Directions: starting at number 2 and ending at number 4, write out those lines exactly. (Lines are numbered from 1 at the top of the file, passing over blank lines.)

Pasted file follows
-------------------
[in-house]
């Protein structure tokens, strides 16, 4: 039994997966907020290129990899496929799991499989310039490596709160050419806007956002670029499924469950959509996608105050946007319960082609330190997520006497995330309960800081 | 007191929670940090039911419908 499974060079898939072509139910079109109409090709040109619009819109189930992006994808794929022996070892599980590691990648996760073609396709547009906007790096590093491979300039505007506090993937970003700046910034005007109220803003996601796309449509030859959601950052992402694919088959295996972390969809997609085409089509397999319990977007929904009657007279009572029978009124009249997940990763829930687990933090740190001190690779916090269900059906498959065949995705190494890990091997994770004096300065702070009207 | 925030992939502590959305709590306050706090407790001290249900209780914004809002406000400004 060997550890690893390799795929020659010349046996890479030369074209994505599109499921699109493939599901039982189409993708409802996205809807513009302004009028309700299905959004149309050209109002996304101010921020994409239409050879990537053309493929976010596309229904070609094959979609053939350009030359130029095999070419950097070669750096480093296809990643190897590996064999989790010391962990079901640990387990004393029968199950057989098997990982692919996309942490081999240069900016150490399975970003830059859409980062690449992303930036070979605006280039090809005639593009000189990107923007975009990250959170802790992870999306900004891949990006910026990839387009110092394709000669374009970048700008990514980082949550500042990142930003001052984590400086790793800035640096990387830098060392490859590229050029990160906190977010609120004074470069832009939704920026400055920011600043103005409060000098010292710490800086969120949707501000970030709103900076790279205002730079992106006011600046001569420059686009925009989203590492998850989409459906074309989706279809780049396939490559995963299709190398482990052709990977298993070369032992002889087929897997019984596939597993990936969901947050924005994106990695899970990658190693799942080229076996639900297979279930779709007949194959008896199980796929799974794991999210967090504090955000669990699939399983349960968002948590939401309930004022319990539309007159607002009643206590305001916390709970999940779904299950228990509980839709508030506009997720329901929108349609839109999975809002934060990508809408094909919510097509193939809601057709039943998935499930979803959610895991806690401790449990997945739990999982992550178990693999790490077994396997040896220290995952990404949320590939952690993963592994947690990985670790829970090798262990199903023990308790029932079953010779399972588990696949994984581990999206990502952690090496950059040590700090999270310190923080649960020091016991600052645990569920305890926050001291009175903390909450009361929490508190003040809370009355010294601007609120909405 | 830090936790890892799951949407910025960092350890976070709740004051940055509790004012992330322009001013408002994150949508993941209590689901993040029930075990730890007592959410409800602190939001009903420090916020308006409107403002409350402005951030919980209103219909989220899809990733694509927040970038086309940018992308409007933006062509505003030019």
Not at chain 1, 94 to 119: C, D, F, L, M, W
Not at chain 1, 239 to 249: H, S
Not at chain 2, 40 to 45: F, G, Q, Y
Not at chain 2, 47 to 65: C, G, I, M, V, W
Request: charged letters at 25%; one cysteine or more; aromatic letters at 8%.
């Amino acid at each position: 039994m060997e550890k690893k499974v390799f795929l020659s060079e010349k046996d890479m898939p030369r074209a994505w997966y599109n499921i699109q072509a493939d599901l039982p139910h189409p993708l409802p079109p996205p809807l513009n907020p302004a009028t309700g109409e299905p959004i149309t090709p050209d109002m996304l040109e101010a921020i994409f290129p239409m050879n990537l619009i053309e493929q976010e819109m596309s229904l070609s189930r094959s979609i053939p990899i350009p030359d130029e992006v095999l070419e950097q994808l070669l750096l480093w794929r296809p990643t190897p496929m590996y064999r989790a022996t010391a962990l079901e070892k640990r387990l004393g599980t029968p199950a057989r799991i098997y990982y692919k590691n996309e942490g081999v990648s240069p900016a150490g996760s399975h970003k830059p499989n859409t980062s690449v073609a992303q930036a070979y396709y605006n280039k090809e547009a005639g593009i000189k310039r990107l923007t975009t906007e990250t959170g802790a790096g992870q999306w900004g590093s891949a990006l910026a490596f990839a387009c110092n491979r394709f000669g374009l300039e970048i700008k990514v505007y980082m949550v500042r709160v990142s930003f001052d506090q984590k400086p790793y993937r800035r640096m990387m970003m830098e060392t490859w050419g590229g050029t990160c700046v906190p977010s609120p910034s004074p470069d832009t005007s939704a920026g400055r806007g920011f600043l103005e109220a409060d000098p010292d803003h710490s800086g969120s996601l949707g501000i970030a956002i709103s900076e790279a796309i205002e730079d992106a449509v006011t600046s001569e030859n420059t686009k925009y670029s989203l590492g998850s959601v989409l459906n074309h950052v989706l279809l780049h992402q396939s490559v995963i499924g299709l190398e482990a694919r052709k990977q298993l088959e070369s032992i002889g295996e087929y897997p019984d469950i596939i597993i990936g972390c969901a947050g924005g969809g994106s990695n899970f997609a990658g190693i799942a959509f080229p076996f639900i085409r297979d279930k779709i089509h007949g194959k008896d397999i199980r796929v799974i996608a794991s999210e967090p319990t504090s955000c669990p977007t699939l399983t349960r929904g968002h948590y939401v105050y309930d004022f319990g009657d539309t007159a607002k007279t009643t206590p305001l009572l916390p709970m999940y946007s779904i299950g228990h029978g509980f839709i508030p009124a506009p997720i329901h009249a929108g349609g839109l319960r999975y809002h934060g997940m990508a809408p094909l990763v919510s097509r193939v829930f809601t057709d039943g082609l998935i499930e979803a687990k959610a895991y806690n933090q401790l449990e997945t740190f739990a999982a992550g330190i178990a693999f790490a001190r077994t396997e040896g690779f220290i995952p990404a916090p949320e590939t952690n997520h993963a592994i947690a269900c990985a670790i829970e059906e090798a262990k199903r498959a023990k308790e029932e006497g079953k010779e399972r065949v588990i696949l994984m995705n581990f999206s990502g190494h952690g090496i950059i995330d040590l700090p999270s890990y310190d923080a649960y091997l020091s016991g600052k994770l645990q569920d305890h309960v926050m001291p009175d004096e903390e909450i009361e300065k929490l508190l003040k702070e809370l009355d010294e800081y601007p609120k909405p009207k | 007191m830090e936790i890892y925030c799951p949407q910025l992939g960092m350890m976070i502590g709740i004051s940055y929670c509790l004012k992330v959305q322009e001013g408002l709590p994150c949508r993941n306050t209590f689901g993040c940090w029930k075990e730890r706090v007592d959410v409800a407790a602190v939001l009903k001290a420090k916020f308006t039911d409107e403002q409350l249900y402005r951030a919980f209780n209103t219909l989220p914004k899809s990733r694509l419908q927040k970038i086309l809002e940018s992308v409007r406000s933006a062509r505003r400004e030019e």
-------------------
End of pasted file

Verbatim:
């Protein structure tokens, strides 16, 4: 039994997966907020290129990899496929799991499989310039490596709160050419806007956002670029499924469950959509996608105050946007319960082609330190997520006497995330309960800081 | 007191929670940090039911419908 499974060079898939072509139910079109109409090709040109619009819109189930992006994808794929022996070892599980590691990648996760073609396709547009906007790096590093491979300039505007506090993937970003700046910034005007109220803003996601796309449509030859959601950052992402694919088959295996972390969809997609085409089509397999319990977007929904009657007279009572029978009124009249997940990763829930687990933090740190001190690779916090269900059906498959065949995705190494890990091997994770004096300065702070009207 | 925030992939502590959305709590306050706090407790001290249900209780914004809002406000400004 060997550890690893390799795929020659010349046996890479030369074209994505599109499921699109493939599901039982189409993708409802996205809807513009302004009028309700299905959004149309050209109002996304101010921020994409239409050879990537053309493929976010596309229904070609094959979609053939350009030359130029095999070419950097070669750096480093296809990643190897590996064999989790010391962990079901640990387990004393029968199950057989098997990982692919996309942490081999240069900016150490399975970003830059859409980062690449992303930036070979605006280039090809005639593009000189990107923007975009990250959170802790992870999306900004891949990006910026990839387009110092394709000669374009970048700008990514980082949550500042990142930003001052984590400086790793800035640096990387830098060392490859590229050029990160906190977010609120004074470069832009939704920026400055920011600043103005409060000098010292710490800086969120949707501000970030709103900076790279205002730079992106006011600046001569420059686009925009989203590492998850989409459906074309989706279809780049396939490559995963299709190398482990052709990977298993070369032992002889087929897997019984596939597993990936969901947050924005994106990695899970990658190693799942080229076996639900297979279930779709007949194959008896199980796929799974794991999210967090504090955000669990699939399983349960968002948590939401309930004022319990539309007159607002009643206590305001916390709970999940779904299950228990509980839709508030506009997720329901929108349609839109999975809002934060990508809408094909919510097509193939809601057709039943998935499930979803959610895991806690401790449990997945739990999982992550178990693999790490077994396997040896220290995952990404949320590939952690993963592994947690990985670790829970090798262990199903023990308790029932079953010779399972588990696949994984581990999206990502952690090496950059040590700090999270310190923080649960020091016991600052645990569920305890926050001291009175903390909450009361929490508190003040809370009355010294601007609120909405 | 830090936790890892799951949407910025960092350890976070709740004051940055509790004012992330322009001013408002994150949508993941209590689901993040029930075990730890007592959410409800602190939001009903420090916020308006409107403002409350402005951030919980209103219909989220899809990733694509927040970038086309940018992308409007933006062509505003030019």
Not at chain 1, 94 to 119: C, D, F, L, M, W
Not at chain 1, 239 to 249: H, S